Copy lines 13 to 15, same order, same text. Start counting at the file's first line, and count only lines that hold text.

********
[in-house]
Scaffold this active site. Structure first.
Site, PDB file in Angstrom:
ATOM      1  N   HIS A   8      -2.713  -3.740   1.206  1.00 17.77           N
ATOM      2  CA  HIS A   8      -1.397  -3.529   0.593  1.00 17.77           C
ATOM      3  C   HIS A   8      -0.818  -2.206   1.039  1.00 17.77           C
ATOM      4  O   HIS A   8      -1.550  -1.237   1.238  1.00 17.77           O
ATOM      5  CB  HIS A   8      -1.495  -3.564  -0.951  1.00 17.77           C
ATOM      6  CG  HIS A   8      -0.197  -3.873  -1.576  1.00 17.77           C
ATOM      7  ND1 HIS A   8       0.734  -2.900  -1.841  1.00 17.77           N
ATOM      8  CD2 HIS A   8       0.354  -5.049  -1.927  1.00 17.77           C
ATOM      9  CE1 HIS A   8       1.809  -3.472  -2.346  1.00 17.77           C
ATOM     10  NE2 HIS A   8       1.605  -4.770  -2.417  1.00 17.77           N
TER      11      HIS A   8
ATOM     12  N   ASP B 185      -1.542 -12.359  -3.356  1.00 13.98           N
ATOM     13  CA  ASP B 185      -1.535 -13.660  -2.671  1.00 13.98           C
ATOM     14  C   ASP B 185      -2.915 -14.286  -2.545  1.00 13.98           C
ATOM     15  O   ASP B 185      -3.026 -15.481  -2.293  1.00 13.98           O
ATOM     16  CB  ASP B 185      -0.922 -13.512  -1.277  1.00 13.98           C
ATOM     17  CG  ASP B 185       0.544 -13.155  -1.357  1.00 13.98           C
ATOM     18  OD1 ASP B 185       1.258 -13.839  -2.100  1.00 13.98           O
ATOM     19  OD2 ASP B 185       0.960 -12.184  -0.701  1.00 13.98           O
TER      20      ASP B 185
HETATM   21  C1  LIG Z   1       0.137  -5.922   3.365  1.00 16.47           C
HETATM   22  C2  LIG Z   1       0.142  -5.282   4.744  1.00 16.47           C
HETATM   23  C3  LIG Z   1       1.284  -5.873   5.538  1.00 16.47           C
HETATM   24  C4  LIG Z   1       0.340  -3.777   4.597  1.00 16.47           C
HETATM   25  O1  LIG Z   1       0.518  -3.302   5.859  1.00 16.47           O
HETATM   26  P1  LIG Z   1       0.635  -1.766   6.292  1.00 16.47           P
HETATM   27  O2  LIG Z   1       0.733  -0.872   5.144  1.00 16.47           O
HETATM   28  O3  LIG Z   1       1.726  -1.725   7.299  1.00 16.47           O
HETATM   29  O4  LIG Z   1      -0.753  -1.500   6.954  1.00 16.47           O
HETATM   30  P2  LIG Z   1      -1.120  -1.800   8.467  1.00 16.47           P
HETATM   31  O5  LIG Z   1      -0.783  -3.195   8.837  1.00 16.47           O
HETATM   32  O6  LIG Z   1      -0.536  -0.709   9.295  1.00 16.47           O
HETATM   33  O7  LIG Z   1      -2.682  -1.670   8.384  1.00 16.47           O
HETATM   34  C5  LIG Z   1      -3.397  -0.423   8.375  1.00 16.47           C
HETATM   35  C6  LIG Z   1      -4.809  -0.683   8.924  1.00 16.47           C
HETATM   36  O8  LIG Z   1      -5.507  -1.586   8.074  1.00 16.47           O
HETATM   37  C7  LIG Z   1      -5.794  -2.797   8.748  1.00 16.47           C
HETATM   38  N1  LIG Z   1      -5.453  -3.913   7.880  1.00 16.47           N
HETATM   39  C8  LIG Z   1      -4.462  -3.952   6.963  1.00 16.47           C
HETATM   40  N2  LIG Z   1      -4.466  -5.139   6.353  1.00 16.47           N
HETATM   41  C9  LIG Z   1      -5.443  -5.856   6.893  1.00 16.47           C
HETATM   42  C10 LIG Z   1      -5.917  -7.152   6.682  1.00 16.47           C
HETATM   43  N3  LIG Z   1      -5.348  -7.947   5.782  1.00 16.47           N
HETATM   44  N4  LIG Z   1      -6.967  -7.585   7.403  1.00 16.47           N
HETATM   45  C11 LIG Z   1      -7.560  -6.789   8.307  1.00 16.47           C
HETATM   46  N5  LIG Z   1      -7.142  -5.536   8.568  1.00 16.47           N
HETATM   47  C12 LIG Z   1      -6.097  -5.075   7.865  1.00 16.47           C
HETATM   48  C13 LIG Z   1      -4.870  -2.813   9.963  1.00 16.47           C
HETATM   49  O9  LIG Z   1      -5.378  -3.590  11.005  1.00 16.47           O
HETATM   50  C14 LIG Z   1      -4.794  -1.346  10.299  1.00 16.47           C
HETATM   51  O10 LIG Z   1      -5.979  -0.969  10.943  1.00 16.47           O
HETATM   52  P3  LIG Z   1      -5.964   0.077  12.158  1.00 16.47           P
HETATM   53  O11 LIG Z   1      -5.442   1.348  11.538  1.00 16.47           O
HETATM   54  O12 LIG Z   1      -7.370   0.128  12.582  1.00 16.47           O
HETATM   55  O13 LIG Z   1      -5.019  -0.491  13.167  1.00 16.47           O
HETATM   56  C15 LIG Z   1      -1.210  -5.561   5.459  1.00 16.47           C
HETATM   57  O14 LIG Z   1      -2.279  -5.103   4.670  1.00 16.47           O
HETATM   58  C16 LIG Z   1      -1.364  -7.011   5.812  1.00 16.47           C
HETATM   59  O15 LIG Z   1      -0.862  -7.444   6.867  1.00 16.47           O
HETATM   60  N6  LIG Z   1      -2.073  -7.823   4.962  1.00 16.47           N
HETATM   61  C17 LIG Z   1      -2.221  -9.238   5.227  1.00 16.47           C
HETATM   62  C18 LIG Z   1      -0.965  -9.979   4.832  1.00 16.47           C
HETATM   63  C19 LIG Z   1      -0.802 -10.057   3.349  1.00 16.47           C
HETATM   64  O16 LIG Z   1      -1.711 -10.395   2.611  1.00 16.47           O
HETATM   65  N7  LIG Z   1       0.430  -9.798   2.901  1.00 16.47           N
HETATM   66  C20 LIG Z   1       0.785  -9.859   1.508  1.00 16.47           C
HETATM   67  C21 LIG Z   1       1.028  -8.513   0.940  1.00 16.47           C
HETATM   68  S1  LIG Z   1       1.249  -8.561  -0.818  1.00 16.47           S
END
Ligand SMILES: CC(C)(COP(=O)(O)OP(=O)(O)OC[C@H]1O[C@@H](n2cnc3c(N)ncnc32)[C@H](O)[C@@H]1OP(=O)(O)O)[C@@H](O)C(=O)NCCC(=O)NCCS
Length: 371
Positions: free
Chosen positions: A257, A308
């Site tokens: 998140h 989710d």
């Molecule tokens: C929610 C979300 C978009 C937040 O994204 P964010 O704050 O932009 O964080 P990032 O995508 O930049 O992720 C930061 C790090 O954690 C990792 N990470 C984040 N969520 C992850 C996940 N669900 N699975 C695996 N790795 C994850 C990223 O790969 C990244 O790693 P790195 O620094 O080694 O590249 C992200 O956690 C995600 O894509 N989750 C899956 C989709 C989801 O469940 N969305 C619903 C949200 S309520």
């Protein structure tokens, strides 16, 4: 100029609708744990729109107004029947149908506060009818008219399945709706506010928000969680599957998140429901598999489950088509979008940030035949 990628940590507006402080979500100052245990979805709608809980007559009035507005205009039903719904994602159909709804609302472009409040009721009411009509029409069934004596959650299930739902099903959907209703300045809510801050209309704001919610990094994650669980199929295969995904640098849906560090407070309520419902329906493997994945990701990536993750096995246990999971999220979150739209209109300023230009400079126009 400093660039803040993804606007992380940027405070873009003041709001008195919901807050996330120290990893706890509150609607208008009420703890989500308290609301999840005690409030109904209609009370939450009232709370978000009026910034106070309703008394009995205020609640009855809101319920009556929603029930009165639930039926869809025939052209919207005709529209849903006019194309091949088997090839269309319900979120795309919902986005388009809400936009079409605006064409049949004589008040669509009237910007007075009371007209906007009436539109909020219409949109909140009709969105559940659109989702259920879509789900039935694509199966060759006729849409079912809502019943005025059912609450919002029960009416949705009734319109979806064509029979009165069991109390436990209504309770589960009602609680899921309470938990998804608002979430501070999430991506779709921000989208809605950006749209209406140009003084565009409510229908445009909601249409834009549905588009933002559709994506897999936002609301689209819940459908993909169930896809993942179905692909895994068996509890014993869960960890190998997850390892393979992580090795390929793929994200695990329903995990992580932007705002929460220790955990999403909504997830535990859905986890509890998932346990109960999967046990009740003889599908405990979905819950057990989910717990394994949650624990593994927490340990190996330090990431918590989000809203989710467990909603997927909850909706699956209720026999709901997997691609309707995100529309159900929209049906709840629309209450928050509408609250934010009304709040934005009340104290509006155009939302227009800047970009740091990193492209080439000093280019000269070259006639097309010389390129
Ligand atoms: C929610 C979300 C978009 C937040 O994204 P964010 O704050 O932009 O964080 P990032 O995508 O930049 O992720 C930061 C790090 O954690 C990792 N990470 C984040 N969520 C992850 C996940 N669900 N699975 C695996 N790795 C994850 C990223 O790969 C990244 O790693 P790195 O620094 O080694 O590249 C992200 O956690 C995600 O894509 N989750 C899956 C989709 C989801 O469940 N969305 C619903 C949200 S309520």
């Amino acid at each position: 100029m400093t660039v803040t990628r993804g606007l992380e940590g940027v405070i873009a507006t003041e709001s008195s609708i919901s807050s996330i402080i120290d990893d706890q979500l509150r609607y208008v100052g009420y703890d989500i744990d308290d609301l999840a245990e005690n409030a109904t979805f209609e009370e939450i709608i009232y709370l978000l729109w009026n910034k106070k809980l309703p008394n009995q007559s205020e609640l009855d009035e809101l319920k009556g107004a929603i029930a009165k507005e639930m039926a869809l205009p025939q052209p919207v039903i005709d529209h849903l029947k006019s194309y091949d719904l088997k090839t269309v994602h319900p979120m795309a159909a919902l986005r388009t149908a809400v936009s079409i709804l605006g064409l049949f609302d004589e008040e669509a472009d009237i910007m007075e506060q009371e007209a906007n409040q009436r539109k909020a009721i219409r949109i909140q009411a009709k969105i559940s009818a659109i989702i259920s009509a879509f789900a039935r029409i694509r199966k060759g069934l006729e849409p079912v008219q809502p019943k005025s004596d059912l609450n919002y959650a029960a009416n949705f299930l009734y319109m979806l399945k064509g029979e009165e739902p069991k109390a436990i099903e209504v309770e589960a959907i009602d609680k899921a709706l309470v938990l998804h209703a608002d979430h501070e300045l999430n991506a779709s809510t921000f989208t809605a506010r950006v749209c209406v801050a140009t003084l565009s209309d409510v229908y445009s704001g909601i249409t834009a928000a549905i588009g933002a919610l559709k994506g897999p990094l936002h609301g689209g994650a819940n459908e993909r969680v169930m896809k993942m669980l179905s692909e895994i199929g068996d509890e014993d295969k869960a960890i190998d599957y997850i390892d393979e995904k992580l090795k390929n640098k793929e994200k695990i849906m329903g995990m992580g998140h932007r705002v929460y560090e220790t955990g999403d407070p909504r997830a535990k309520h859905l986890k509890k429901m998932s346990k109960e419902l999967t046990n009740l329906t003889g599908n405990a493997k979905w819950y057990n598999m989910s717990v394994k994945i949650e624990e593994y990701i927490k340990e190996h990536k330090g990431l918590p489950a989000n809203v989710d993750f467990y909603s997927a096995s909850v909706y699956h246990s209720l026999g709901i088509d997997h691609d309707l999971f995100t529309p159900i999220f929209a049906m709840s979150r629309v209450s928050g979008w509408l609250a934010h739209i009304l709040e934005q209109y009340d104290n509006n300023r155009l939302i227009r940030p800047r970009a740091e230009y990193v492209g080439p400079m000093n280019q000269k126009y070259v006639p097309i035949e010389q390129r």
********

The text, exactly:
ATOM     10  NE2 HIS A   8       1.605  -4.770  -2.417  1.00 17.77           N
TER      11      HIS A   8
ATOM     12  N   ASP B 185      -1.542 -12.359  -3.356  1.00 13.98           N